The most important difference between student loan debt and most others is that student loan debt can almost never be discharged through bankruptcy. If a debtor who has student loan debt files for bankruptcy, he or she is only allowed to discharge a portion of the student loan debt.
The main reason for this is that student loan debt is a form of debt with little to no ability to pay back. That's right no matter how much money the debtor earns, the same amount of money isn't going to come out of his or her paycheck. In fact, the vast majority of those with student loan debt don't ever plan on paying it back. If the debtor does become wealthy, it will only be through investment or through the selling of assets such as houses, cars, etc. Many student loan borrowers simply can't afford to repay their student loans, even with the best of financial planning and strategies.
The same goes for debt owed to other parties. A borrower will generally only be able to discharge debt owed to others through bankruptcy. However, there are other alternatives to this as well. In general, loans can be discharged if they are non-payment and the debtor did not intend to make good on the debt. This means that, in most circumstances, a debtor can discharge their student loans and still not have to pay them back.
Debt is a scary topic to many because it seems to be so closely related to people's credit histories. If a student borrows money and can't make payments on it, it could potentially impact their credit. Unfortunately, in many cases, the student will be unable to get a loan discharge because the lender may be concerned that the student will default on the loan or even use the money to pay off other creditors. However, there are other alternatives to this as well. In general, loans can be discharged if they are non-payment and the debtor did not intend to make good on the debt. This means that, in most circumstances, a debtor can discharge their student loans and still not have to pay them back.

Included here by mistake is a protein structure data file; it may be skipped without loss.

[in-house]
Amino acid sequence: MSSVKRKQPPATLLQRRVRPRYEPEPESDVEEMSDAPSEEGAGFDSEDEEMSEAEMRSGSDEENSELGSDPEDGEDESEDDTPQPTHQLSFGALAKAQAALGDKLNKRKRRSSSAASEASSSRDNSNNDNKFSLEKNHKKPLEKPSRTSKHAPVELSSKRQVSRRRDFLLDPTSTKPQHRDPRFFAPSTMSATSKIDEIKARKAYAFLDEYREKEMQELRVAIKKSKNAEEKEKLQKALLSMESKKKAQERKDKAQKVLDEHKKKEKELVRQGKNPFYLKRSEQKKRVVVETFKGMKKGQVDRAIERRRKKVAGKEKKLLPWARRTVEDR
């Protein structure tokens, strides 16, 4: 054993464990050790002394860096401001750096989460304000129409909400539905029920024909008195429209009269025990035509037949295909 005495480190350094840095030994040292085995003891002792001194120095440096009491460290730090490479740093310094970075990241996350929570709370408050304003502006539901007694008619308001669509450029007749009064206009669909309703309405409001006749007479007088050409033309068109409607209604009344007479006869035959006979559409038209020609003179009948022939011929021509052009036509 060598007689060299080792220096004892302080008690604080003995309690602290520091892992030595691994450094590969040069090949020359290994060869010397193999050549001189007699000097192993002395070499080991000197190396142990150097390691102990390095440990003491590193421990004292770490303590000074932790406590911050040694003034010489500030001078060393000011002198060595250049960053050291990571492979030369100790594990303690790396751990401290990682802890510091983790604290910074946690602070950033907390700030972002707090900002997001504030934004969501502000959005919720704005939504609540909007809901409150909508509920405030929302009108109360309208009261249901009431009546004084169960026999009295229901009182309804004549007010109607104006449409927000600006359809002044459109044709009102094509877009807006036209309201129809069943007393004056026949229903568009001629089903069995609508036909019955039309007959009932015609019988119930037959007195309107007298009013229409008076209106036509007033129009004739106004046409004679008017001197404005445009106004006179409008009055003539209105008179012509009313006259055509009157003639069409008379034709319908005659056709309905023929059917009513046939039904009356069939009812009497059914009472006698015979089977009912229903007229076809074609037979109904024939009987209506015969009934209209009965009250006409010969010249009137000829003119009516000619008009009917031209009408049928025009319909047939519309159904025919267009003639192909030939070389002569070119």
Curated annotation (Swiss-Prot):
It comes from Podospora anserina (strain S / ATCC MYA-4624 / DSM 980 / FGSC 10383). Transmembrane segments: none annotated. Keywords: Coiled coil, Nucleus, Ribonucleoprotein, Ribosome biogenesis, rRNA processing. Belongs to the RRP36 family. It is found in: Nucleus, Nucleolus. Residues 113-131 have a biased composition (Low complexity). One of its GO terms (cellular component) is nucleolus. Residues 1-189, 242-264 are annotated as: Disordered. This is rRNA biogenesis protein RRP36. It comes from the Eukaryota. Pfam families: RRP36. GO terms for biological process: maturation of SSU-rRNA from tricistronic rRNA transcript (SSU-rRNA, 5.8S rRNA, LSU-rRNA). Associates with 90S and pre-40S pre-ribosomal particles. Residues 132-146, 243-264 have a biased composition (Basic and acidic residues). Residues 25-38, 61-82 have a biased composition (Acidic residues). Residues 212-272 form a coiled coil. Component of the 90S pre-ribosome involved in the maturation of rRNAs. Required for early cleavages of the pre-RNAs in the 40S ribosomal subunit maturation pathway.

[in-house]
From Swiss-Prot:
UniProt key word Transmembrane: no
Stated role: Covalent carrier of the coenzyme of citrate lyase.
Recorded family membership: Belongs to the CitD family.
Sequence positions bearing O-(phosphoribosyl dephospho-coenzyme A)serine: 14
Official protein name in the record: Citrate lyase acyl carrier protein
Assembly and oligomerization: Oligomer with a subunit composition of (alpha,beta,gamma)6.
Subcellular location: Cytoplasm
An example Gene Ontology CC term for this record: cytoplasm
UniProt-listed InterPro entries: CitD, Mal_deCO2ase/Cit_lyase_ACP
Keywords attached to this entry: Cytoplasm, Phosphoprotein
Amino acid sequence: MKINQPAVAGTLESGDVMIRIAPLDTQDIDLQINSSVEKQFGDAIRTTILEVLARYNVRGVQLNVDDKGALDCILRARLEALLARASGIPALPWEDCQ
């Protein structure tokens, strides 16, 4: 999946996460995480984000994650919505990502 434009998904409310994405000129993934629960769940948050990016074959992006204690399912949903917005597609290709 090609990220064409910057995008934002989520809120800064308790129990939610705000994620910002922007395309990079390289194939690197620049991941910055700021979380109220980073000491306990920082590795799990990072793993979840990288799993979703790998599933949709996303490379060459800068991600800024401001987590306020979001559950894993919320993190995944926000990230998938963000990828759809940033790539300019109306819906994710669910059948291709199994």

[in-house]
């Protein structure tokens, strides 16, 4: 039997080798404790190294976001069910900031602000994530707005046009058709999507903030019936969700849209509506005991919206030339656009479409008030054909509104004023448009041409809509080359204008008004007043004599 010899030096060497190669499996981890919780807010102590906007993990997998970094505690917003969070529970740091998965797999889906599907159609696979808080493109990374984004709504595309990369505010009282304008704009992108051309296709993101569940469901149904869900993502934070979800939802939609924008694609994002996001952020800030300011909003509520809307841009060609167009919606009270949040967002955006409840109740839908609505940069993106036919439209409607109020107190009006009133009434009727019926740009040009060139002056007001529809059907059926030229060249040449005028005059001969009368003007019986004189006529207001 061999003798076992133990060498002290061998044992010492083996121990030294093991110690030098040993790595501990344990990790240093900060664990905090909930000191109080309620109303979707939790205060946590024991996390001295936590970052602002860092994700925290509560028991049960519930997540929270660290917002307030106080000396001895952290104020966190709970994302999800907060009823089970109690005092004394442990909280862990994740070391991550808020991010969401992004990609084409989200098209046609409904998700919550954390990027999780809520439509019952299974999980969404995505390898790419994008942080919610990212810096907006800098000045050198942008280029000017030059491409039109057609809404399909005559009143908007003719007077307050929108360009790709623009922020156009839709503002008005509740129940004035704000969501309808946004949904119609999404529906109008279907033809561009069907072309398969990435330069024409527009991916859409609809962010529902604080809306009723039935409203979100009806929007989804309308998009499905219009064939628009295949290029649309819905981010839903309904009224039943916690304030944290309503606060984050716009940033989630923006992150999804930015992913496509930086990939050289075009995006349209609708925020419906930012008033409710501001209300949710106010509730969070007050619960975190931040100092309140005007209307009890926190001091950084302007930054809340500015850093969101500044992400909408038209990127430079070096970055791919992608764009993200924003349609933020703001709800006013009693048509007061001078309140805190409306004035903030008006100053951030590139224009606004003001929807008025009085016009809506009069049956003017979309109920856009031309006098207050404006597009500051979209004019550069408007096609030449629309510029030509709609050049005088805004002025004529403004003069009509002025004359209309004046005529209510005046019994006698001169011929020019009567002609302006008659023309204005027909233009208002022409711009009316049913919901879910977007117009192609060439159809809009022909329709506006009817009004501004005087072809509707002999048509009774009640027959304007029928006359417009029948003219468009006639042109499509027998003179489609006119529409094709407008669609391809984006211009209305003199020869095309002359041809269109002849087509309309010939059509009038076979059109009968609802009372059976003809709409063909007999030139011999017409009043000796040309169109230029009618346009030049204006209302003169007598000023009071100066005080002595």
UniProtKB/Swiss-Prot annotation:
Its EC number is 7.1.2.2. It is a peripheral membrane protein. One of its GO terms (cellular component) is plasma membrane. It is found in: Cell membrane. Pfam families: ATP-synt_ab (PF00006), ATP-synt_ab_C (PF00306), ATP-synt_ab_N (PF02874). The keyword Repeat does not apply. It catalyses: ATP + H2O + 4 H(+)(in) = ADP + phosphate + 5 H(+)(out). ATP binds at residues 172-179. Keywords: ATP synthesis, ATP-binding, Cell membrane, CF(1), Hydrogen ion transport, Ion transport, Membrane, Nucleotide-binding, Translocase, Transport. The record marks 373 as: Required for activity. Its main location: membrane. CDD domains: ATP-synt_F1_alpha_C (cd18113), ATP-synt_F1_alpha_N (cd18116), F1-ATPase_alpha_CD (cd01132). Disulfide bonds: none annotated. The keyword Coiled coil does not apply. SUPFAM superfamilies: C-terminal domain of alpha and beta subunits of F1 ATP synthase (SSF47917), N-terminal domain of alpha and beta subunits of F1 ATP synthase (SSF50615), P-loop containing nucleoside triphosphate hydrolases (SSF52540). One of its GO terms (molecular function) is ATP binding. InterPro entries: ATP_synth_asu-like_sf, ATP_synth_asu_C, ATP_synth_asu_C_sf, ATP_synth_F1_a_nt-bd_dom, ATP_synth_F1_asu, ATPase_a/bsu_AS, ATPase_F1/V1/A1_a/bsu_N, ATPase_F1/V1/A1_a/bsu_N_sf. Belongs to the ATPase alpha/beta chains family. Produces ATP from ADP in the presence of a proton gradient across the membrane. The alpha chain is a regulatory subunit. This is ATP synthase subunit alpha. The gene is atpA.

In some cases, the only way to get a loan discharged is if the borrower makes a voluntary payment agreement (also known as a loan discharge or forbearance agreement). In other cases, if you have an SSA deferment or you're not going to pay your student loans as part of an approved repayment plan, you may be able to get your loans discharged through bankruptcy.
Determining whether you can get a student loan discharge
In order to determine whether you're eligible for a student loan discharge, you'll need to first determine what types of federal student loans you have. The three main types of federal student loans you can file for student loan discharge are a Stafford loan, PLUS loan, and Direct loan. Each of these three types of student loans has a different set of rules to follow. To learn more about your options for repayment, you can refer to the tables below. Stafford Loans Stafford loans are the only type of student loan that you can file for student loan discharge through bankruptcy. A Stafford loan may have one or more of the following conditions: Unpaid balance due on the loan.
Lack of sufficient payment history
Incorrect or missing discharge application information
Incorrect or missing credit report information Student Loan Discharge Basics You have the right to file for bankruptcy to discharge your federal student loans.
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